Special Places

Arches, waterfalls, clifflines, rivers, creeks and other places of unique natural beauty and historical significance await you.

Special Places

Arches: Kentucky has more natural stone arches than any state in the eastern United States.

BywaysExplore a forest road along Zilpo Scenic Byway and Red River Gorge Scenic Byway.

Horse Lick CreekThis creek begins its 16-mile journey in western Jackson County, flowing below steeply rugged slopes before descending into the Rockcastle River.

Lakes: Learn about Cave Run Lake, Laurel River Lake and Lake Cumberland.

Red River Gorge Geological Area on Cumberland Ranger District.

RiversLearn about the Red River, Rockcastle River and Cumberland River.

Rock Creek: Lined with magnificent boulders, riffles, glides and pools, this scenic creek is a blue ribbon trout fishery and a Kentucky Wild River.

Rock Shelters: Rock shelters may be the oldest "homes" used by prehistoric people. 

Special Trails: Learn more about the Sheltowee Trace, White Sulphur OHV Trail, Redbird Crest Trail, and Barren Fork Interpretive Trail.

Waterfalls: Cool off on a hot summer day with a visit to a forest waterfall.

Wetlands: More than 850 wetlands provide habitat for hundreds of plants and animals.

Wildernesses: Discover all that wilderness provides including solitude, challenge and scenic beauty.

Wildlife Management Areas: Five wildlife management areas are managed cooperatively with the Kentucky Department of Fish and Wildlife Resources.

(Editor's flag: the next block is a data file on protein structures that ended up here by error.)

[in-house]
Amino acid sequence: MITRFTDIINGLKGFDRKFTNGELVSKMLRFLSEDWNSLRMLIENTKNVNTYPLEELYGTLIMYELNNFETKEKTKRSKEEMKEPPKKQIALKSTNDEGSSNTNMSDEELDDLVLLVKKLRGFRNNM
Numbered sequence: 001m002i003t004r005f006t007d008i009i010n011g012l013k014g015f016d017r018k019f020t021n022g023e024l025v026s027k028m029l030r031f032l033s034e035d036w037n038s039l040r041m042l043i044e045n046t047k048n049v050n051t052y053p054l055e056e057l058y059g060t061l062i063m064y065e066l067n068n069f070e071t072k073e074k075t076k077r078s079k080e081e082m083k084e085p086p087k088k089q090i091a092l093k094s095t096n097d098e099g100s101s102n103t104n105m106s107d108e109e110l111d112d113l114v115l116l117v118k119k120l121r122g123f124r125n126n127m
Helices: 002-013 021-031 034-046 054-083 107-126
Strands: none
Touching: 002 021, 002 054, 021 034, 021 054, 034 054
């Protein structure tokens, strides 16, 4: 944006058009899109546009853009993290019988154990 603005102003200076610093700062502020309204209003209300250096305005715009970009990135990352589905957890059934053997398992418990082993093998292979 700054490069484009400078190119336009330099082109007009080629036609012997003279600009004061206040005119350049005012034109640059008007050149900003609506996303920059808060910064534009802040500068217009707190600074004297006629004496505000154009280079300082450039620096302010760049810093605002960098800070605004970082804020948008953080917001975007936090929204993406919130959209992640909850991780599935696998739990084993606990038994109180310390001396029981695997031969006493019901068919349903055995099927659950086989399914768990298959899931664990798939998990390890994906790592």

Minor E. Clark Fish Hatchery: The Minor E. Clark Fish Hatchery is one of the largest warm-water fish hatcheries in the nation. 

Heritage Resources:

Camp Wildcat Battlefield

Iron Furnaces: Fitchburg, Clear Creek and Cottage Furnace

Fire Towers: Tater Knob and S-Tree

Cliff Palace Pond

Gladie Cabin

Redbird History

Sublimity Bridge

Map of Ranger Districts on the Daniel Boone

Highlighted Areas

White Sulphur OHV Trail System

White Sulphur OHV Trail System is composed of several Forest Service roads and trails in the White Sulphur area, forming a 17-mile trail system of connecting loops. It is located near Cave Run Lake on the Cumberland Ranger District. The trail is located in moderately rugged terrain, primarily following ridgetops. Most of the trail is hardened with gravel to prevent erosion and impacts on the watershed.The trail is designed for novice to intermediate riders. Orange diamond-shaped blazes mark the designated trail route. 

  • Motorized vehicles are not permitted on closed roads, which are indicated by tank traps, earthen mounds and "Road Closed" signs.
  • Access to the OHV trail is permitted only from the OHV trailhead.
  • Crosscountry and off-trail motorized vehicle travel, including hill climbs, are not permitted. 
  • Horses and mountain bikes are not allowed on the trail. 
  • Only OHVs 50 inches or less in width and off-road motorcycles are allowed on this trail.
  • Spark arrestors are required on all OHVs traveling on public lands.
  • No one under 16 years of age shall operate an OHV with an engine exceeding 90cc.
  • No one under 12 years of age shall operate an OHV with an engine exceeding 70cc.